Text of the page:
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So twisted, so gripping, so reflective of all the good and bad of human nature are some stories that we sometimes get lost in all their soap-opera drama. A storyline can be so compelling that we forget what it’s all about.
The convoluted saga of Joseph and his 11 brothers (and their father, Jacob, and their four different mothers) is one of those stories.
So before we even get to the story, before we get lost in the betrayal and brokenness, the redemption and reunion, and more weeping than a Hallmark made-for-TV movie, let’s be clear about what is happening here:
The human family is one huge, diverse, complex, messy, conflicted, and often dysfunctional collection of beautiful but flawed and wounded people. So varied are their backgrounds and experiences, so different are their personalities and perspectives, and so hard and demanding is life in this world that sometimes they actually forget that they are family. They might run into each other now and again and not even realize they are related; their circumstances might take them in such different directions that they never see one another; their hatred for each other can become so all-consuming that they no longer remember sitting together in their daddy’s lap.
All of that and more had happened to Joseph and his brothers. Their story reminds us:
That we are all related; we are family; and we need each other. Yes, we humans have the capacity to do horrible things to one another, to individuals and to entire categories of people. We persecute and oppress, we torture and belittle, we enslave and segregate; we shoot and imprison; sometimes we literally sell one another down the river.
This meta-story, whether of a nuclear family, or the entire human family, can take a long time to play itself out. But here’s the thing: In the end we often discover that our salvation—our healing, our hope, our redemption, even our survival—comes through the least of us all, the very ones we have cast out and walked all over, the ones we have oppressed and hated, the one we have sold into Egypt or nailed to a cross. This story also tells us the importance of keeping family together.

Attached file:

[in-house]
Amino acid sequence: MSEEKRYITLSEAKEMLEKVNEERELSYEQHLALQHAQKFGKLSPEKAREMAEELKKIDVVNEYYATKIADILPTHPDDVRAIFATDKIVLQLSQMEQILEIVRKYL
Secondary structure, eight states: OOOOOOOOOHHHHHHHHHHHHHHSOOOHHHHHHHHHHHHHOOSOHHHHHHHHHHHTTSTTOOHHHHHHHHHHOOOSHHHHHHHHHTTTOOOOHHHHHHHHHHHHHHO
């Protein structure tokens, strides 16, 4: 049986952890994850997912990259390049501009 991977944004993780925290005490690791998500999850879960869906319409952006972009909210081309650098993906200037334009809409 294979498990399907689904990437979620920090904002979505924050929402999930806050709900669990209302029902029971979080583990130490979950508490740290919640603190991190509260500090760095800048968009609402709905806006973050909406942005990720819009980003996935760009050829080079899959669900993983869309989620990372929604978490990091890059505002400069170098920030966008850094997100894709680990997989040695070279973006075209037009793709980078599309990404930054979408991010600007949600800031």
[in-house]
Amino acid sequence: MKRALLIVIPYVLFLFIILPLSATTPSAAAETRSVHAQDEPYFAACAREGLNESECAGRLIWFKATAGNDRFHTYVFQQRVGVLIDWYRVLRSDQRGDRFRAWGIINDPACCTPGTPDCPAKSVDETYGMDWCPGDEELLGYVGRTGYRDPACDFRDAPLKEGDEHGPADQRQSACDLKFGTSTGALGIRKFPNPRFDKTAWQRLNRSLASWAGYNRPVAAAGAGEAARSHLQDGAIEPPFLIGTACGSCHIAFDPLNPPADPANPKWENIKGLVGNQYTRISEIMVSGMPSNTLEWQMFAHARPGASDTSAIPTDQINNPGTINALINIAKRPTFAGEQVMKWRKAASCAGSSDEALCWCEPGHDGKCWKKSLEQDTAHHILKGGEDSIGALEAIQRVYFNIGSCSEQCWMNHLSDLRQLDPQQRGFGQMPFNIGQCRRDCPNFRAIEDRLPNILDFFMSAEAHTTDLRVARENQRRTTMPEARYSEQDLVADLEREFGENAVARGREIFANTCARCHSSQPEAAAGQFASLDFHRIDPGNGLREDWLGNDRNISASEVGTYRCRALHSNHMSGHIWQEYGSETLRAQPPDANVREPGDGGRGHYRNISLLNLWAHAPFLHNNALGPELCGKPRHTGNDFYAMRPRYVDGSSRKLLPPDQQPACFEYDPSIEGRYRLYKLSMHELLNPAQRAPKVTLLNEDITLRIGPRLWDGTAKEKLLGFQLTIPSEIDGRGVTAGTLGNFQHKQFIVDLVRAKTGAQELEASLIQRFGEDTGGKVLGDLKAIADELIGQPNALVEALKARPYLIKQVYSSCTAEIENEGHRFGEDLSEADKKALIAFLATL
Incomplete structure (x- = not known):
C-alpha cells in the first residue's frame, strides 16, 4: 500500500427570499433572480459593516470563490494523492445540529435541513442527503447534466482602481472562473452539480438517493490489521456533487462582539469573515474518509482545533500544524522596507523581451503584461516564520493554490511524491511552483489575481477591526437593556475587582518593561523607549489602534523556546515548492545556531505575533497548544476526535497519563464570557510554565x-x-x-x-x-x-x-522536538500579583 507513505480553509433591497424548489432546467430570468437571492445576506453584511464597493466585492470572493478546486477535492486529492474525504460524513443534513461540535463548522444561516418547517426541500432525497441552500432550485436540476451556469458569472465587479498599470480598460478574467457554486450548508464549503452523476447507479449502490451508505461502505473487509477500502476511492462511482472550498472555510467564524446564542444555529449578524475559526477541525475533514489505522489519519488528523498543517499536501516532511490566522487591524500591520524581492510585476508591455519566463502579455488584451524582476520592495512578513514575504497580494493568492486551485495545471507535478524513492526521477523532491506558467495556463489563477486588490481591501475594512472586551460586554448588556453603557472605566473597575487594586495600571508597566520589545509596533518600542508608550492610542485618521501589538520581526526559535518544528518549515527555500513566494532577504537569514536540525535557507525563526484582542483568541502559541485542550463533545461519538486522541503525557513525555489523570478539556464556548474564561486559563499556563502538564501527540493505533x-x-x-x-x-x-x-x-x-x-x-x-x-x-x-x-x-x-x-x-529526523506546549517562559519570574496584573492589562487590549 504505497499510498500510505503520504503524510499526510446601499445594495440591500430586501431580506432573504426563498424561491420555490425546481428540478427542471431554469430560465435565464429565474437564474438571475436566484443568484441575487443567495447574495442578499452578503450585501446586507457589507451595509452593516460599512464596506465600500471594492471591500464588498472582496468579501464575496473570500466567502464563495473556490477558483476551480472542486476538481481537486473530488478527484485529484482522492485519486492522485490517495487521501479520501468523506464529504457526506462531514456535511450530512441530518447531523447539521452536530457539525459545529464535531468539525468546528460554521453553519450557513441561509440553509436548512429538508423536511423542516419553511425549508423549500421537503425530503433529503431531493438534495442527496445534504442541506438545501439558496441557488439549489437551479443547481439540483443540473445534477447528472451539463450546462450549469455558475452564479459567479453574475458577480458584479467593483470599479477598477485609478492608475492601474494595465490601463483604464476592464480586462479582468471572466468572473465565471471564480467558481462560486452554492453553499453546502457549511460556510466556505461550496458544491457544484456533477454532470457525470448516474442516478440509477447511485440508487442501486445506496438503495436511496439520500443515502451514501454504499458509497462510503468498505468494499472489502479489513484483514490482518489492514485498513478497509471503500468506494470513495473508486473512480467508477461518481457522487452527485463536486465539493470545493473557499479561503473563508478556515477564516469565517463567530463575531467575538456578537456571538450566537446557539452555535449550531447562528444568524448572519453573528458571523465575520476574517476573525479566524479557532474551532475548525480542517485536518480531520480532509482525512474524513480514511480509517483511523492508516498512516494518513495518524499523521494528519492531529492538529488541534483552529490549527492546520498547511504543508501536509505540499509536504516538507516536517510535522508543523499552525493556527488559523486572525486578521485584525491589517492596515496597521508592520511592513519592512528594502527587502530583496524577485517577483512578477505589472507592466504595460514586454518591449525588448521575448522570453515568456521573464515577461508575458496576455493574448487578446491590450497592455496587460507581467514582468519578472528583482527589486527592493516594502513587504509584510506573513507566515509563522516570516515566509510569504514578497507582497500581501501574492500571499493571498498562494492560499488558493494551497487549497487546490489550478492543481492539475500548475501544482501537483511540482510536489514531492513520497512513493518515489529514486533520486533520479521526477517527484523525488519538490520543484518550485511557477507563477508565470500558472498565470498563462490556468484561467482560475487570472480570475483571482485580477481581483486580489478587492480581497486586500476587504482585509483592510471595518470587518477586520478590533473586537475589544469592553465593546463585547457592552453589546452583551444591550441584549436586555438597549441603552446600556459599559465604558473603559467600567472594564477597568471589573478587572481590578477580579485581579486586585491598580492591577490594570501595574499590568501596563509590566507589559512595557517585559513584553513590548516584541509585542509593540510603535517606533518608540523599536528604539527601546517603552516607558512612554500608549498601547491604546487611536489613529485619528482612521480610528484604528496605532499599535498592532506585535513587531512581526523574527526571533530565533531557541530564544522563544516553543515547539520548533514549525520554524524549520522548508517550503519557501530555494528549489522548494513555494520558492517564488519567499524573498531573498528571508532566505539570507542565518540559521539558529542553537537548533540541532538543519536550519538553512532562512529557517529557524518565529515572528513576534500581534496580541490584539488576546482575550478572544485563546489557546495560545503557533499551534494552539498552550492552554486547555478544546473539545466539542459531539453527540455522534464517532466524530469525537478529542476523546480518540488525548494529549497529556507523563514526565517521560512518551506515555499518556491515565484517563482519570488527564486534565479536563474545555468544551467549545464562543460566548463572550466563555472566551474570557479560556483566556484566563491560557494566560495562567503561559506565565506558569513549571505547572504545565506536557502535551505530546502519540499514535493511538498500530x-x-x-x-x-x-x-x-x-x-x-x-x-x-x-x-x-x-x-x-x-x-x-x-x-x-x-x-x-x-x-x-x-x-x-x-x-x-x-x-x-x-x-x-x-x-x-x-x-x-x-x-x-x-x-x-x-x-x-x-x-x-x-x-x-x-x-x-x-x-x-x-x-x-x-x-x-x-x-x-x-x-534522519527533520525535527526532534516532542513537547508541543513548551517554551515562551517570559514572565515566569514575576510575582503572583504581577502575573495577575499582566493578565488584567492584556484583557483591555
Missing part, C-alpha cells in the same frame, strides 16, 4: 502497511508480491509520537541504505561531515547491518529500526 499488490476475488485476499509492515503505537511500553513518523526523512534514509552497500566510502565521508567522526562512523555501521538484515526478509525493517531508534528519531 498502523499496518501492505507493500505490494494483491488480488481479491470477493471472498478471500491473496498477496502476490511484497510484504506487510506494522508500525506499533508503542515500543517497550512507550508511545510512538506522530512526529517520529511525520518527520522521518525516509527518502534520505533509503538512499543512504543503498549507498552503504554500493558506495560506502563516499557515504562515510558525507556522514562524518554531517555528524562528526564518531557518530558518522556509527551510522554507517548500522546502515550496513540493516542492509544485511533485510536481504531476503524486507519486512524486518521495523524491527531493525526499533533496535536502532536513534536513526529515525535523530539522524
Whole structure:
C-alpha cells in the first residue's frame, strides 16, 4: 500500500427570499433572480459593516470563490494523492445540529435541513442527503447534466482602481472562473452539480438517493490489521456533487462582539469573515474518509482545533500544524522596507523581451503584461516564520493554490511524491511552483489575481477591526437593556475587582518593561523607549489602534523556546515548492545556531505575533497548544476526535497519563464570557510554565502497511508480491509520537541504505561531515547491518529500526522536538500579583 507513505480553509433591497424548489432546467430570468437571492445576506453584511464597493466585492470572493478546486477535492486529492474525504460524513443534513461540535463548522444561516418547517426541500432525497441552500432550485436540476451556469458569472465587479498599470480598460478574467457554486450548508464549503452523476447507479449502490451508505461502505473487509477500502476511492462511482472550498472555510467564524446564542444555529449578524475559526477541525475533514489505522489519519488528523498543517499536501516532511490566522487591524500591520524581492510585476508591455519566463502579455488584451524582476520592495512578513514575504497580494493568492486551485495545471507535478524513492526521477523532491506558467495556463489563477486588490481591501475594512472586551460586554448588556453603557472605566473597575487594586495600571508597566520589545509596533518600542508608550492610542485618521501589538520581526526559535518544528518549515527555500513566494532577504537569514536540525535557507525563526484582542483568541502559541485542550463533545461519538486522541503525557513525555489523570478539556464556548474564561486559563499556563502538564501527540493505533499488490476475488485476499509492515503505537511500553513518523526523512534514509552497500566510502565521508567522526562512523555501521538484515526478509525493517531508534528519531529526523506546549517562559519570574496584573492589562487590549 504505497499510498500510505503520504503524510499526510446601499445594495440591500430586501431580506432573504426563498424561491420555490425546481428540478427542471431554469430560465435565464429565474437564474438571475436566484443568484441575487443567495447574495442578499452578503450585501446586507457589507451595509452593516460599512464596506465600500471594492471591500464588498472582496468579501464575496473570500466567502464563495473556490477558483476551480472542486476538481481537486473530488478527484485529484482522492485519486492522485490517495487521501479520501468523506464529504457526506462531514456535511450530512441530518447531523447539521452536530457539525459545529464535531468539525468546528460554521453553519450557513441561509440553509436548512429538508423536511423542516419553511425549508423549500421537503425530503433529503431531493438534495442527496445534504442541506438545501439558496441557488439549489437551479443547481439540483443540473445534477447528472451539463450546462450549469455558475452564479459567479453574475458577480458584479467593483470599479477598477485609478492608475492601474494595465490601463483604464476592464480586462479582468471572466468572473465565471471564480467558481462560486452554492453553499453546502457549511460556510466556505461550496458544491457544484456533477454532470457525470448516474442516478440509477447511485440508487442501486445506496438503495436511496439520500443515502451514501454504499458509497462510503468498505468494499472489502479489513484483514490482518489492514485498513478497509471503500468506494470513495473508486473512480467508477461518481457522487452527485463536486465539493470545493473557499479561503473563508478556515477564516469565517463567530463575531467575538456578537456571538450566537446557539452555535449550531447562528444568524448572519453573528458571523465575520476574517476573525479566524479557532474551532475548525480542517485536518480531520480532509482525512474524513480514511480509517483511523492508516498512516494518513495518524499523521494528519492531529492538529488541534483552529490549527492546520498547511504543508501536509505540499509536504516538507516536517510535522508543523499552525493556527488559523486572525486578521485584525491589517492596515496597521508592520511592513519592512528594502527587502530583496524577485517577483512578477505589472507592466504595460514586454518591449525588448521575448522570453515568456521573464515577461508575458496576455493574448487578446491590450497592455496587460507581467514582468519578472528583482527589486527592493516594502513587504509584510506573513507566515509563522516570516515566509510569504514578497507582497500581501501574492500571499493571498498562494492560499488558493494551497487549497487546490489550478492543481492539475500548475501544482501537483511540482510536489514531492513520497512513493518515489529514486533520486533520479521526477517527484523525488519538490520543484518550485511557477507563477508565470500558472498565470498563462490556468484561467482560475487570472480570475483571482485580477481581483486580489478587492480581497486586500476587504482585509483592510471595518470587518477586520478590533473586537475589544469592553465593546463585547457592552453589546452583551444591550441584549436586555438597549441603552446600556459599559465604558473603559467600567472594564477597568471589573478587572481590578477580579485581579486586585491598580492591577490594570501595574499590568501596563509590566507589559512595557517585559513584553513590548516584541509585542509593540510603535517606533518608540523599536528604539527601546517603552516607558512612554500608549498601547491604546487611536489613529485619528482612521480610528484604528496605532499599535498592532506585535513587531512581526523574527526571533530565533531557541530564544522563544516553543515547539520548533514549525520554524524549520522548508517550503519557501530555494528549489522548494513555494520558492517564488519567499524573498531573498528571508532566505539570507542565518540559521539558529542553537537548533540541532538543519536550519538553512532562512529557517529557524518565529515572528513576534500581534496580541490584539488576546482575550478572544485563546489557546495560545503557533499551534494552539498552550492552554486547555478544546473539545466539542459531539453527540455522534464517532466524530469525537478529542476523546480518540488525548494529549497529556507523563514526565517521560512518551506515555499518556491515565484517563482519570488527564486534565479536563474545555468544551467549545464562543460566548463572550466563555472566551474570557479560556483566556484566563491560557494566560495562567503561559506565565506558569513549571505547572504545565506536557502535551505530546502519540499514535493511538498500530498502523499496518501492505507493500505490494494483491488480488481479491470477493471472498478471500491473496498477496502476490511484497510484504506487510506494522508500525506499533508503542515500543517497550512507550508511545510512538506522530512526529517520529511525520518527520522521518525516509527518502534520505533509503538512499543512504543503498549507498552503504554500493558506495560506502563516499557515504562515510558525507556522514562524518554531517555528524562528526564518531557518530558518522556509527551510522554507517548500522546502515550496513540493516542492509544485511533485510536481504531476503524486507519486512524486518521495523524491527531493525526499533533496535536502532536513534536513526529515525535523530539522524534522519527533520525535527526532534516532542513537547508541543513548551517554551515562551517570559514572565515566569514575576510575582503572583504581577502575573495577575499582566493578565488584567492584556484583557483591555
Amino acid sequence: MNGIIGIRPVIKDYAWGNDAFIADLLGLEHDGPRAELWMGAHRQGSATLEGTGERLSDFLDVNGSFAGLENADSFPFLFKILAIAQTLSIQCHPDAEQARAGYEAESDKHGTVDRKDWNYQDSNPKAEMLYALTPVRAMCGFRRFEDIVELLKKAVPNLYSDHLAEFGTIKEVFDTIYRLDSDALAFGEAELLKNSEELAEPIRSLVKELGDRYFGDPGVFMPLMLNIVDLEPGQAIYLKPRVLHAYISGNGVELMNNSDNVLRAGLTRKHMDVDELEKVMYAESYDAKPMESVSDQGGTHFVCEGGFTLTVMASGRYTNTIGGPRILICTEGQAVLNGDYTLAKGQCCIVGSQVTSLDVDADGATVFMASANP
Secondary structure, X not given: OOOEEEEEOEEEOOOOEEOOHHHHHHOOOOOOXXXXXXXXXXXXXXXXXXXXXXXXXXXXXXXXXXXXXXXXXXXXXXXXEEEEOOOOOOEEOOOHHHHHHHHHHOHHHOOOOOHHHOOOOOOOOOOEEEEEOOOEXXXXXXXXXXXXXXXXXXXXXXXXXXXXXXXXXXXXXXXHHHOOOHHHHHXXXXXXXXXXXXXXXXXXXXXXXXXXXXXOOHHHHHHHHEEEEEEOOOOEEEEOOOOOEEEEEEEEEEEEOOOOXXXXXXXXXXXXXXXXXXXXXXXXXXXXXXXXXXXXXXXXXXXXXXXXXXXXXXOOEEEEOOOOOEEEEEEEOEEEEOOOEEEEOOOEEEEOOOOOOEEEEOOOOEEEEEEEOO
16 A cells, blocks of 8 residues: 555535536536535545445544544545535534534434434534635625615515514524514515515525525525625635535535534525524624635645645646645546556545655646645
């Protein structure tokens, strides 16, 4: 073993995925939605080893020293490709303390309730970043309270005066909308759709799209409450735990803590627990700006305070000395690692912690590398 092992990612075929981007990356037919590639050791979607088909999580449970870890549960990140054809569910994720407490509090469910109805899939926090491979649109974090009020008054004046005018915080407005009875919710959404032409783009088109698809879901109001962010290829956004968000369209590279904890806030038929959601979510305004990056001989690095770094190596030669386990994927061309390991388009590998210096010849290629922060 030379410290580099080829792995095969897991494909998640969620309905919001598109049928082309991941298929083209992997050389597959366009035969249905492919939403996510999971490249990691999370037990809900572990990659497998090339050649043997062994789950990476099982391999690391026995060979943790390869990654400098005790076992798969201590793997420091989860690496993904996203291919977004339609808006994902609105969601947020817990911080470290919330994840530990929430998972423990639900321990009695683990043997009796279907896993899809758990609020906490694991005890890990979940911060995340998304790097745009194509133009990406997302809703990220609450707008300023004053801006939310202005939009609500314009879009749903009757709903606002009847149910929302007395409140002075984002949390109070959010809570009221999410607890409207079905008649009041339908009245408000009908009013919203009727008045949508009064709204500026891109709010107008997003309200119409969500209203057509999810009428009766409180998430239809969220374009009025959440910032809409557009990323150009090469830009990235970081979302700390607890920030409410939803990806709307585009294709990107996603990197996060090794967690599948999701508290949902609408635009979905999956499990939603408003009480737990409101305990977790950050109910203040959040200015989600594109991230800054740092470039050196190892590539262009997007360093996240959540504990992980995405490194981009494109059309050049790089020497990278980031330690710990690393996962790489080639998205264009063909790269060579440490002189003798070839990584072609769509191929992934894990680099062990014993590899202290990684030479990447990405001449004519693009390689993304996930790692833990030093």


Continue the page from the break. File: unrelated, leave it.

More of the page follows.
That is the truth we see played out again and again throughout history and, if we’re paying attention, in our own lives.
Are you with me?
Remember that, now—that our salvation comes from the oppressed, that we have to stay together— because there’s a whole lot of drama coming, first in the story of Joseph and his brothers.
I commend this story to you. While our scripture comes from the 45th chapter of Genesis, the story really begins in chapter 29, when Jacob, who has cheated his twin brother, Esau, the first-born, out of his inheritance and has, nevertheless, been blessed by God, meets Rachel, the love of his life. Her father, Laban, tells Jacob he will have to work seven years to win her hand but then, when seven years are up, he turns the tables on Jacob the table-turner, giving him, instead, his older daughter, Leah. For Rachel, Jacob must work seven more years.
Recall that this is happening in a patriarchal, polygamous culture in which women are little more than property. In the end, Jacob will have 12 sons and one daughter by four different women. Joseph is the 11th son born and the 12th child, but the story tells us that Jacob loved Joseph more than any of his other children because he had been born in Jacob’s old age, and because he was the first-born of his beloved Rachel, once thought barren. Jacob expressed his favoritism by making for Joseph a special, some say multi-colored coat, with long sleeves. As if there was not enough love to go around, as if they had not also known their father’s love, Joseph’s brothers hated him.
By the time Joseph is 17, he seems to have let his father’s love go to his head. He has fantastic dreams of greatness and success, and this next-to-youngest son tells his older brothers they will someday bow down to him. They hate his audacity; they resent his ambitions.
“Here comes this dreamer,” they say one day. “Come now, let us kill him—and then we’ll see what will become of his little dreams.” (You can almost hear them saying, “Na, na, na; he will not replace us.)
Well, Reuben, the first-born of them all, talks them out of murder. Instead, they sell Joseph to some passing traders for 20 pieces of silver, and the traders take Joseph to Egypt. Then the brothers kill a goat, dip Joseph’s robe in the blood, and take it back to their father, saying poor Joseph must have been killed by a wild animal. Jacob is inconsolable.
Many years pass, time in which Joseph has slowly but surely risen to power in Egypt. One gets the sense that he has never quite gotten over his rejection by his family, but he applies himself. There is more drama and suffering for Joseph, including blackmail and prison, but eventually his dreams and dream-interpretation skills land him a job as Egypt’s secretary of agriculture in a time of famine. Because Joseph had told Pharaoh to set aside grain enough for seven years, the people of Egypt are fine. The people of Canaan, or Israel, are not.